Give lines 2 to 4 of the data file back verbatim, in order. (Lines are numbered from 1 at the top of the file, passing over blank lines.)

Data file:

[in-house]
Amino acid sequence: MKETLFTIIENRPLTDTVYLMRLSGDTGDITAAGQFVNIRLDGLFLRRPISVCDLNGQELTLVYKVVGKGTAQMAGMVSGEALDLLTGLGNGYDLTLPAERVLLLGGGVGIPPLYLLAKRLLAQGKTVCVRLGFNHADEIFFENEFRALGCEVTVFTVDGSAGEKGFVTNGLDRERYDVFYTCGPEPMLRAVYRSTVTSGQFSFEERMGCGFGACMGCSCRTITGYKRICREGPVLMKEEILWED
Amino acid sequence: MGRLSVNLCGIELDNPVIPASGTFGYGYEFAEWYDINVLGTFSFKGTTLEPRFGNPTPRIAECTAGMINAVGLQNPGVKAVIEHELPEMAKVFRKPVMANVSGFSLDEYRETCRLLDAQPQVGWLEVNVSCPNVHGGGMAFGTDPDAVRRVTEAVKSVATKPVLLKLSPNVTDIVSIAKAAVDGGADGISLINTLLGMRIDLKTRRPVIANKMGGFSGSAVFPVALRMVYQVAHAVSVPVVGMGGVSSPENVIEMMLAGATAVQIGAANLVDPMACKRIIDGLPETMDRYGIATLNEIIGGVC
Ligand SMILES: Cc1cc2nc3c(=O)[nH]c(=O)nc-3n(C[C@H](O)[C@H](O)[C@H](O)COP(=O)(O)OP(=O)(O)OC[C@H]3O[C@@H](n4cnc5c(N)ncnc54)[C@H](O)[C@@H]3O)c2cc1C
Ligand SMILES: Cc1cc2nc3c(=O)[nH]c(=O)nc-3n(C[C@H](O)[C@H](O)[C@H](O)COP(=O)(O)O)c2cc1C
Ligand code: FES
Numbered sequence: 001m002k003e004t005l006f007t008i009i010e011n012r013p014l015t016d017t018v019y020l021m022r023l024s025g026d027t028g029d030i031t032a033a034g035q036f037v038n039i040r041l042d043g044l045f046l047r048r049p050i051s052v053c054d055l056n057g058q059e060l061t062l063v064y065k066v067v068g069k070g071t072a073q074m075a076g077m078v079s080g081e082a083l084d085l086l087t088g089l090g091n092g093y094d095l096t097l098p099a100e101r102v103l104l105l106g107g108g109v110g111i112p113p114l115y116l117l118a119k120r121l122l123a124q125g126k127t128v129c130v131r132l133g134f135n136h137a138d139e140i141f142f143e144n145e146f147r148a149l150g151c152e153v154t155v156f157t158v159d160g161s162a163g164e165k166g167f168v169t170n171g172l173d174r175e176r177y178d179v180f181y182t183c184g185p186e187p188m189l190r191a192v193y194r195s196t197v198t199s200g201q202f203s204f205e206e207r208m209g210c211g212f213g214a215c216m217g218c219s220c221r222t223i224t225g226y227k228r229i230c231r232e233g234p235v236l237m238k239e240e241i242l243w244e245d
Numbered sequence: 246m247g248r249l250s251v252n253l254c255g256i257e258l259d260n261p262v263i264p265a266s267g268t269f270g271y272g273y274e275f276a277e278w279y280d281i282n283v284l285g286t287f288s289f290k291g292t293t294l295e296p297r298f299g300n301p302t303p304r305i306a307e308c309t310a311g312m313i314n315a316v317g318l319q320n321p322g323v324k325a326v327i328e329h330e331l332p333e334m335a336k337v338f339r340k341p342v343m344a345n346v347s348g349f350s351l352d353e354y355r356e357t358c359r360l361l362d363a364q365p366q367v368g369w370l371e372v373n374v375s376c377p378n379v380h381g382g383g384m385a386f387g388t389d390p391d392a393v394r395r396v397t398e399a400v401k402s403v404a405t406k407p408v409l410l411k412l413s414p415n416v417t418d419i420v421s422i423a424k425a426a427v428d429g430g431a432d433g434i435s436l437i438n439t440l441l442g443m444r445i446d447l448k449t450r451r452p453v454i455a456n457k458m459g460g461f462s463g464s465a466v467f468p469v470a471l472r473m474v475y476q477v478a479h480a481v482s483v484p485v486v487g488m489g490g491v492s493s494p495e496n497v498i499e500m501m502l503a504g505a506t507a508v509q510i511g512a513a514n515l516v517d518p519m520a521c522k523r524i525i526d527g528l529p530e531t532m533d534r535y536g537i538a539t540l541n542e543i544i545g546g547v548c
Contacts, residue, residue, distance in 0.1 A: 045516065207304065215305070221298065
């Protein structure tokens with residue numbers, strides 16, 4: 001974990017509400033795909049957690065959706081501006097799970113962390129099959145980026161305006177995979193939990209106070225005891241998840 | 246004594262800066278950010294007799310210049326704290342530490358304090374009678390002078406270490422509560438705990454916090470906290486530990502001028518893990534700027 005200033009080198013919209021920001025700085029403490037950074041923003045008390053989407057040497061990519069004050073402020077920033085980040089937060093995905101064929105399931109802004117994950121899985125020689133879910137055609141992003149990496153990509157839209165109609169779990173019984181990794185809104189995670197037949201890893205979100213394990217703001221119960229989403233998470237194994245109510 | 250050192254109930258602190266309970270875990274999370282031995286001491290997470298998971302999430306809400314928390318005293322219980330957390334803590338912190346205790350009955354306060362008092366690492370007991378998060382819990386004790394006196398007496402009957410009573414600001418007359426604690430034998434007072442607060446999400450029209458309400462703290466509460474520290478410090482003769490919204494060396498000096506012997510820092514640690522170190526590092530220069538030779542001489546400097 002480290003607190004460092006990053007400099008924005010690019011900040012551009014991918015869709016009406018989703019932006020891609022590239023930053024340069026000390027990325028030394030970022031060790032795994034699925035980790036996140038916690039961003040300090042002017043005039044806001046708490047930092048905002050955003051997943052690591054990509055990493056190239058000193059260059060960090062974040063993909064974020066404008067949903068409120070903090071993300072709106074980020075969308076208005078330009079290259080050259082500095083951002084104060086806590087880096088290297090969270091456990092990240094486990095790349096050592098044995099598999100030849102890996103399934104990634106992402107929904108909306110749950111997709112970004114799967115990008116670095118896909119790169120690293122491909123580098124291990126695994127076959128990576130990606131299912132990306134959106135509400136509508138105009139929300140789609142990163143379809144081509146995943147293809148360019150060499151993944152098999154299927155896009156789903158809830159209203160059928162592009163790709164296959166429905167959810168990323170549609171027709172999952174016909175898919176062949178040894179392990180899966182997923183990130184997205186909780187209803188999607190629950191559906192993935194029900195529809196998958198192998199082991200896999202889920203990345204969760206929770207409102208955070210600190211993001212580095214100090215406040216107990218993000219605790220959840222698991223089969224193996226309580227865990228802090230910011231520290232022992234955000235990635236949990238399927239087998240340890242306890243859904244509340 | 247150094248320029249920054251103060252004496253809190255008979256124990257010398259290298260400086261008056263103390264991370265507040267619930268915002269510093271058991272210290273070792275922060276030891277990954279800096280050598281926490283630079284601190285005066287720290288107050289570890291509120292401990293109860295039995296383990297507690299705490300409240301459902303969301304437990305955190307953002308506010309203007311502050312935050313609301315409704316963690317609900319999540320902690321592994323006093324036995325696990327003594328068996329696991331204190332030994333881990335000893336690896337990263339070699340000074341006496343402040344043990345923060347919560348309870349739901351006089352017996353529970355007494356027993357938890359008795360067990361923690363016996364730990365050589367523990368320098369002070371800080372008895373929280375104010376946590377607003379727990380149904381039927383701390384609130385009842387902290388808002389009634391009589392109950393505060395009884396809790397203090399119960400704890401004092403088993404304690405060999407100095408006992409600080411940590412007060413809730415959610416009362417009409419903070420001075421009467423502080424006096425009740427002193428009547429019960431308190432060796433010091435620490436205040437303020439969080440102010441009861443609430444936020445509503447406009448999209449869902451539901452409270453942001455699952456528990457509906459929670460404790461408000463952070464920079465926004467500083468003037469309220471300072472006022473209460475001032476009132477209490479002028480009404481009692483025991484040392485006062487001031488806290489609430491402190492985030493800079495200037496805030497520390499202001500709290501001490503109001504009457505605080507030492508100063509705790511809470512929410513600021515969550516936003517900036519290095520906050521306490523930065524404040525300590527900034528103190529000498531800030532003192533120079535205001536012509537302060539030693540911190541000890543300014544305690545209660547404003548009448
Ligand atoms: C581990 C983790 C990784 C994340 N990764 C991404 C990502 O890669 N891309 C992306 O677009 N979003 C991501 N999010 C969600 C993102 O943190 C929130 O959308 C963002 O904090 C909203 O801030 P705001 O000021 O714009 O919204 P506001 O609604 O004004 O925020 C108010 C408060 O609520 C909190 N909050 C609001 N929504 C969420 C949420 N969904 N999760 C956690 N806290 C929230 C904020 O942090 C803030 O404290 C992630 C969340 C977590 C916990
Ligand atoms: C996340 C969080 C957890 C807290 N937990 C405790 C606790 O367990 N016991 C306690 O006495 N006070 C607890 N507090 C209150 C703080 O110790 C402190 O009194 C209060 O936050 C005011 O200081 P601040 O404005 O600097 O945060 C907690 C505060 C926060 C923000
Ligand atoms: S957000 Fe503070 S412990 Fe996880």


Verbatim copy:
Amino acid sequence: MKETLFTIIENRPLTDTVYLMRLSGDTGDITAAGQFVNIRLDGLFLRRPISVCDLNGQELTLVYKVVGKGTAQMAGMVSGEALDLLTGLGNGYDLTLPAERVLLLGGGVGIPPLYLLAKRLLAQGKTVCVRLGFNHADEIFFENEFRALGCEVTVFTVDGSAGEKGFVTNGLDRERYDVFYTCGPEPMLRAVYRSTVTSGQFSFEERMGCGFGACMGCSCRTITGYKRICREGPVLMKEEILWED
Amino acid sequence: MGRLSVNLCGIELDNPVIPASGTFGYGYEFAEWYDINVLGTFSFKGTTLEPRFGNPTPRIAECTAGMINAVGLQNPGVKAVIEHELPEMAKVFRKPVMANVSGFSLDEYRETCRLLDAQPQVGWLEVNVSCPNVHGGGMAFGTDPDAVRRVTEAVKSVATKPVLLKLSPNVTDIVSIAKAAVDGGADGISLINTLLGMRIDLKTRRPVIANKMGGFSGSAVFPVALRMVYQVAHAVSVPVVGMGGVSSPENVIEMMLAGATAVQIGAANLVDPMACKRIIDGLPETMDRYGIATLNEIIGGVC
Ligand SMILES: Cc1cc2nc3c(=O)[nH]c(=O)nc-3n(C[C@H](O)[C@H](O)[C@H](O)COP(=O)(O)OP(=O)(O)OC[C@H]3O[C@@H](n4cnc5c(N)ncnc54)[C@H](O)[C@@H]3O)c2cc1C